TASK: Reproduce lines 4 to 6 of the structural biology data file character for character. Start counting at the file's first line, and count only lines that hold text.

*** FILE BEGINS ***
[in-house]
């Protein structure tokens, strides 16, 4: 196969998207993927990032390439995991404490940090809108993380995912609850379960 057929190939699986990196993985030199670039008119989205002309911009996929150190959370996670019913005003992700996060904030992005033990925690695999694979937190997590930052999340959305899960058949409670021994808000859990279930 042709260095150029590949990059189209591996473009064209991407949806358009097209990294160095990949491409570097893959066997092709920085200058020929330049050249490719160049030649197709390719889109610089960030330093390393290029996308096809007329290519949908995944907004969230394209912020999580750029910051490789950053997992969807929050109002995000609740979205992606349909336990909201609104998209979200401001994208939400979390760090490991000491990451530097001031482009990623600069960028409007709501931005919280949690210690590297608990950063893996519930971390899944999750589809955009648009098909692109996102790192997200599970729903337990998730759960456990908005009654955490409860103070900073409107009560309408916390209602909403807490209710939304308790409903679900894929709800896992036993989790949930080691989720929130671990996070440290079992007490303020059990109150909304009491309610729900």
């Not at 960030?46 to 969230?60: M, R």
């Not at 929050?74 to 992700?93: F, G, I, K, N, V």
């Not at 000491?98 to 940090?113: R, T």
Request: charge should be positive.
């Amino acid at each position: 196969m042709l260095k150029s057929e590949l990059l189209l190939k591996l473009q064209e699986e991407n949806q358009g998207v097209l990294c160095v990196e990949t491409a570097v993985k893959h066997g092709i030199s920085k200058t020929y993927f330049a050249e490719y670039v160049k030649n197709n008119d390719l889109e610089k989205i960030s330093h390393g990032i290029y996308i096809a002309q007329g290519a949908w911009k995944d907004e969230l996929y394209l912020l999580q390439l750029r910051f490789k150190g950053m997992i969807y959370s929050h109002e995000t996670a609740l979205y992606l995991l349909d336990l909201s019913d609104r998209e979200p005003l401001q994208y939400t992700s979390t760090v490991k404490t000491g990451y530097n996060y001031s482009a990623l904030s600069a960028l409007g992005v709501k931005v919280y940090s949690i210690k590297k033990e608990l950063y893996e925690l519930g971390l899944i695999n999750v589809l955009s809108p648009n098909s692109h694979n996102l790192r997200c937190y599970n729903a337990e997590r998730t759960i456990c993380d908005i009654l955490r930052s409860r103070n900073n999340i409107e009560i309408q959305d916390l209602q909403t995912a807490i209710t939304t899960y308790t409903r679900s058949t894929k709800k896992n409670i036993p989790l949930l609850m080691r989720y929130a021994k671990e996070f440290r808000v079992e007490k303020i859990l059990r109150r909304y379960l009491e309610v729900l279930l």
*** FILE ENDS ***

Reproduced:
């Not at 929050?74 to 992700?93: F, G, I, K, N, V």
């Not at 000491?98 to 940090?113: R, T």
Request: charge should be positive.